I’d be all for that, obviously. The custom  potential would be though the roof, not only with artwork, but with cannon ranks and whatnot. It’s too bad something like this didn’t exist, would have made my day a lot easier. 😀

    As for rules/guidelines and such, you could include them on a small sheet, detailing etiquette for using custom pieces in games and such, so as to limit the abuse that fan made ships could have on gameplay.

    Something else, if custom designs were shared, either online o some other format, you could have a situation whee other people buy the blank slate packs to make a copy of a custom ship they saw somewhere else. I”m not sue what impact that would have on a game that did this, but its something to consider I think.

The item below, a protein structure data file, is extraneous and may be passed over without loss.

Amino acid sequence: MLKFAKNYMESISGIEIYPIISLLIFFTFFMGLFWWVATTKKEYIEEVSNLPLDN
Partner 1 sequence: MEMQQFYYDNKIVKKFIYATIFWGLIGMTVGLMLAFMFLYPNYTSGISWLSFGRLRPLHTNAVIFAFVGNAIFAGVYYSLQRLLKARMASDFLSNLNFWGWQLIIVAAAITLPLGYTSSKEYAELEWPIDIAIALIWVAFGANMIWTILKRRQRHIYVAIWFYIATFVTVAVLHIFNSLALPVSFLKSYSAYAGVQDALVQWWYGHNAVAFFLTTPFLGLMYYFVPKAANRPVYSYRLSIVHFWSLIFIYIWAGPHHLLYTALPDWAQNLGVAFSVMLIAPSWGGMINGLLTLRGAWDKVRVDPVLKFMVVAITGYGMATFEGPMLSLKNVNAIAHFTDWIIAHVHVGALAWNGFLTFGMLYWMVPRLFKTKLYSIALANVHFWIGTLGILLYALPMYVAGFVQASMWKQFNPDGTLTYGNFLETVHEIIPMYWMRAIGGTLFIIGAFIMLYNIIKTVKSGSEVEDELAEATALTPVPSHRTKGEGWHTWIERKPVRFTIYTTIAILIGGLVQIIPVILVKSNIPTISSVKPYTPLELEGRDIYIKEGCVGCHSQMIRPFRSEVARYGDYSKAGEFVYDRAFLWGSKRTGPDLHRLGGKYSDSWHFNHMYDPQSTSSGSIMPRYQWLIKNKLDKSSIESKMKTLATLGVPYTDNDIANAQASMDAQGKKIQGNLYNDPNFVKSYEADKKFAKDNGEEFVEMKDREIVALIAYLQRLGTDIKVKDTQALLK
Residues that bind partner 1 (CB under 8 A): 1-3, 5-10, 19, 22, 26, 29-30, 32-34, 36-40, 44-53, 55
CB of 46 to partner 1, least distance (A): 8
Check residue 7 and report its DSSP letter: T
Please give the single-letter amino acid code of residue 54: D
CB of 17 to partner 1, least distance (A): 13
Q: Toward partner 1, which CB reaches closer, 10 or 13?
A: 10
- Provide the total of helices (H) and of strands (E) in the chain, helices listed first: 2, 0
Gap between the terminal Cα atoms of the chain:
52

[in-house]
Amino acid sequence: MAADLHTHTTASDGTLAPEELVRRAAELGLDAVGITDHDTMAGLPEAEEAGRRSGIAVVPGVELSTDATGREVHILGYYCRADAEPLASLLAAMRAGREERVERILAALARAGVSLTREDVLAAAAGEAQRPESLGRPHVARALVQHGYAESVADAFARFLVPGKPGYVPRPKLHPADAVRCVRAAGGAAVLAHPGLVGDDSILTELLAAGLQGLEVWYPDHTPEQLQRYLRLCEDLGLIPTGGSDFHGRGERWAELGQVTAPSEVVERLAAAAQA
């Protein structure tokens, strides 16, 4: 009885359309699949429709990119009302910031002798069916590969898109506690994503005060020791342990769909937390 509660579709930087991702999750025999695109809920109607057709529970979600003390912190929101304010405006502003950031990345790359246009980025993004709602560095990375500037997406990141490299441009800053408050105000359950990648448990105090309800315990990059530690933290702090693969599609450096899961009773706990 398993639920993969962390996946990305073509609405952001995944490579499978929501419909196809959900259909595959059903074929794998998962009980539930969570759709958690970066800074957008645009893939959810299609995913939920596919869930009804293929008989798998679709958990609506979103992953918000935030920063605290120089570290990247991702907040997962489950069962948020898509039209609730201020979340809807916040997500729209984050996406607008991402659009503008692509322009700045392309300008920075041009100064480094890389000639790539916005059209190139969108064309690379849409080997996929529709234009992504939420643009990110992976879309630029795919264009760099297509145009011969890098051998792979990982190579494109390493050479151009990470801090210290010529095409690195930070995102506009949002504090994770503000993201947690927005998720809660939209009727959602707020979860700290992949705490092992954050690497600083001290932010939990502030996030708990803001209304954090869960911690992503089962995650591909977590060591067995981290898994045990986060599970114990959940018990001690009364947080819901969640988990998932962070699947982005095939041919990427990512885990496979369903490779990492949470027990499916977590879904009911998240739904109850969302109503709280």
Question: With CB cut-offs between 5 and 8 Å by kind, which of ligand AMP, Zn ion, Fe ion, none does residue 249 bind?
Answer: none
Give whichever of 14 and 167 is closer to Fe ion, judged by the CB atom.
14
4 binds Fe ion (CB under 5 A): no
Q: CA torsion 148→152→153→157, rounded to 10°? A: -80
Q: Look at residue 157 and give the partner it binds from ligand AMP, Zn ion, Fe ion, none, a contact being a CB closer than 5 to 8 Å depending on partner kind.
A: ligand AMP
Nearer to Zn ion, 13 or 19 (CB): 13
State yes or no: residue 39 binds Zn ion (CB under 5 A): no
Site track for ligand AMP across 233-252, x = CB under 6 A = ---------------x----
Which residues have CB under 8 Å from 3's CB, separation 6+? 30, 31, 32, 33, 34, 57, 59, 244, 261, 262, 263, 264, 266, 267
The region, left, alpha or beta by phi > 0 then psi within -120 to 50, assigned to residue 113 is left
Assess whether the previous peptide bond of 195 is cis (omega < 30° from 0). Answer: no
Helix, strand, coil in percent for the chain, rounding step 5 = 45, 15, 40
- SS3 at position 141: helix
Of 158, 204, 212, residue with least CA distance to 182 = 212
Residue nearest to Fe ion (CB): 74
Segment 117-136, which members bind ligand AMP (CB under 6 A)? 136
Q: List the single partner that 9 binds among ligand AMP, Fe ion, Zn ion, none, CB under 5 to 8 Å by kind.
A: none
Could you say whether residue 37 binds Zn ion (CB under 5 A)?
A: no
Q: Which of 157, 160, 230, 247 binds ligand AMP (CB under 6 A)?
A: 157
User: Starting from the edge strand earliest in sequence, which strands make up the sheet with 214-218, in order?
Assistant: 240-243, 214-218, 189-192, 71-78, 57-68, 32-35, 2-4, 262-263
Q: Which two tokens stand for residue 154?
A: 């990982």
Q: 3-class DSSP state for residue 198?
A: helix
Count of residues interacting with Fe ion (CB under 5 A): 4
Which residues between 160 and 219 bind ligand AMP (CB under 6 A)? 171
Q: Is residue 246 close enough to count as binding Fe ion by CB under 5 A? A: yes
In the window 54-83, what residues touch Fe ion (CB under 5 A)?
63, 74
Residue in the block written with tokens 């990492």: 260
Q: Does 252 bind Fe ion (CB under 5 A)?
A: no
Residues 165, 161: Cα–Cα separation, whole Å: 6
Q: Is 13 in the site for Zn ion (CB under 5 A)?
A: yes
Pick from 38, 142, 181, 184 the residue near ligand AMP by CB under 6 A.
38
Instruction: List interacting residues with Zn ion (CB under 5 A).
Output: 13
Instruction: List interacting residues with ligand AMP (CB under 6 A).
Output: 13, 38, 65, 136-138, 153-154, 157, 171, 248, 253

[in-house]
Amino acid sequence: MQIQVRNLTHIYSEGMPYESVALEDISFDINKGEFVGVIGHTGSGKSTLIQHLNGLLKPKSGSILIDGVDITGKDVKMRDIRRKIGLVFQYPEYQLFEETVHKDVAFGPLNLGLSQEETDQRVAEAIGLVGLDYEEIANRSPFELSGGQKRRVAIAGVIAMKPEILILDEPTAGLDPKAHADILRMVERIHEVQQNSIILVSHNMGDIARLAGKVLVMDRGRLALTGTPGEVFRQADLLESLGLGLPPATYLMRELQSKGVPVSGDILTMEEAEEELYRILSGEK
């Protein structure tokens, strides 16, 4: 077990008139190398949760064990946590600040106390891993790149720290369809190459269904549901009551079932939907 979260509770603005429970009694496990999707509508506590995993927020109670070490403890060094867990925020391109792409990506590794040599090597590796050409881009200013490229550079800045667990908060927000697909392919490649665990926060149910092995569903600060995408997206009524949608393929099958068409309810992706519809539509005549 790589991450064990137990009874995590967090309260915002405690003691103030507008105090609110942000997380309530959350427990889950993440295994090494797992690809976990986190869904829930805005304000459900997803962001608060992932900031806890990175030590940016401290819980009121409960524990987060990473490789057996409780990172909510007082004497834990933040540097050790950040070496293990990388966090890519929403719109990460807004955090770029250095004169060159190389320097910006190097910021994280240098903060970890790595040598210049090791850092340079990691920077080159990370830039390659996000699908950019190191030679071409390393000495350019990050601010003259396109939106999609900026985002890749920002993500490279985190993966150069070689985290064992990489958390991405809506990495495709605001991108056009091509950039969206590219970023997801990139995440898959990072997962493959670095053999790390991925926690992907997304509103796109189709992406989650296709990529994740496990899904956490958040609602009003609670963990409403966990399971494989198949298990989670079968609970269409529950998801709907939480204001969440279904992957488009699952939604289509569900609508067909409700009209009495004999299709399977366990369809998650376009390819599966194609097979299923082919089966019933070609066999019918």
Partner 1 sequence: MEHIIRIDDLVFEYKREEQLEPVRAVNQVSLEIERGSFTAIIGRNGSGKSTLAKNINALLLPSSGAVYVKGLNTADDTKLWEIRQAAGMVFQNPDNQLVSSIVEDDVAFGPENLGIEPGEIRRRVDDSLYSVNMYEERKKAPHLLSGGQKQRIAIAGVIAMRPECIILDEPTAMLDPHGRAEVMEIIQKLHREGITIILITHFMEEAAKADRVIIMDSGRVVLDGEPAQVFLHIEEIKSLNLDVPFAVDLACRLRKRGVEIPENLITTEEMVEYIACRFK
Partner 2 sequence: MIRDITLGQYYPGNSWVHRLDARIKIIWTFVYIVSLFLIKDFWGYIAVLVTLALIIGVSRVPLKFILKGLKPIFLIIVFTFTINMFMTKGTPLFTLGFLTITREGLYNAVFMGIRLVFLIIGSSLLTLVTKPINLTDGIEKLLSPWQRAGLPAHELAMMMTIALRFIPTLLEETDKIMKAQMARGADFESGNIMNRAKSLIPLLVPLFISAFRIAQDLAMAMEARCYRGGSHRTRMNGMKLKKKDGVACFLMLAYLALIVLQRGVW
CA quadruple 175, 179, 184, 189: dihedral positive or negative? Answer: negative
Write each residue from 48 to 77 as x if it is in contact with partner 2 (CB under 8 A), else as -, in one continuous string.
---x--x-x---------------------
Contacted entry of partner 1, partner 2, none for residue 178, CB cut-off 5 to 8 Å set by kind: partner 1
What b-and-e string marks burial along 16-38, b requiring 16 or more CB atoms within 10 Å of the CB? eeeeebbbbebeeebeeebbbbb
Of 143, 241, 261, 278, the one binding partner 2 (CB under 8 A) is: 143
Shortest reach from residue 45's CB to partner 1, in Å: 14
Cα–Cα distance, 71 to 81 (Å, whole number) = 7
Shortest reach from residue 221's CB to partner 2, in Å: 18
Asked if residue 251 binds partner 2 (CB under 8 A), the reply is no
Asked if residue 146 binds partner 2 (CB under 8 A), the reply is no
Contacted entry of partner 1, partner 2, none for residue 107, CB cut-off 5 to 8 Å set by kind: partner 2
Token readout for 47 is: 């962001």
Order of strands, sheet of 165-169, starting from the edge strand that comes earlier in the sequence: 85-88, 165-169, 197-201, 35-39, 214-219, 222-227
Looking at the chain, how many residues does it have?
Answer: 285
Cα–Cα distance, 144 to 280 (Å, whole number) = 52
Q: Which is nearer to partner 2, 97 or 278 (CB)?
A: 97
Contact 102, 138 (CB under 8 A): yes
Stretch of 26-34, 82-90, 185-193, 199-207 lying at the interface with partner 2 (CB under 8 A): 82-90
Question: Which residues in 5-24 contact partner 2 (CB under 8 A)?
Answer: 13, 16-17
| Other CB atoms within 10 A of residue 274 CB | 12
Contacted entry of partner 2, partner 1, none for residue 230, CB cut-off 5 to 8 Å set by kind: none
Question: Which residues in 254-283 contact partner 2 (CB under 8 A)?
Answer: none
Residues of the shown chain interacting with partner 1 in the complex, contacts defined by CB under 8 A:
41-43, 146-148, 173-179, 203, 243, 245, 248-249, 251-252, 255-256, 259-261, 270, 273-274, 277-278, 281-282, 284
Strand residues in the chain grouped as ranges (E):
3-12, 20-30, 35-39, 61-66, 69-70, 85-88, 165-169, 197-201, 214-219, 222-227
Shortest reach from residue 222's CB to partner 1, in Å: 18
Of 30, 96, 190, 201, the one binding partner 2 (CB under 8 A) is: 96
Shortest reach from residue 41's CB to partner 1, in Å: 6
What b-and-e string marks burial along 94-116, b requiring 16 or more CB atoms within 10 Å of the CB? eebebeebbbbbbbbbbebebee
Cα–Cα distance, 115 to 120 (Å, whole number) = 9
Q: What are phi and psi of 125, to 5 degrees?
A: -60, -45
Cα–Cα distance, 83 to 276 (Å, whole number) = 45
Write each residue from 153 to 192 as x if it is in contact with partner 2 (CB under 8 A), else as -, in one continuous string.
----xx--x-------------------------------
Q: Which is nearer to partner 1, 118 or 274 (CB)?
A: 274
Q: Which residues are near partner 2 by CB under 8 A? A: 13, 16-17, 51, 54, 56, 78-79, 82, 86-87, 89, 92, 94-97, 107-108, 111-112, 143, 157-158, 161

#2826

    Ben
    Keymaster

    The custom  potential would be though the roof, not only with artwork, but with cannon ranks and whatnot. It’s too bad something like this didn’t exist, would have made my day a lot easier.

    I just thought of something with cannon ranks and other similar things – sticker sheets in each pack or box for things that are extremely common.  For example, the tiny dice markings are so small that you could fit dozens of tiny stickers on a deckplate-sized card that would have multiples of each cannon type, perhaps from 2L-5S.  (and some blank in case you wanted 1S, 6L, etc)

    Something else, if custom designs were shared, either online o some other format, you could have a situation whee other people buy the blank slate packs to make a copy of a custom ship they saw somewhere else.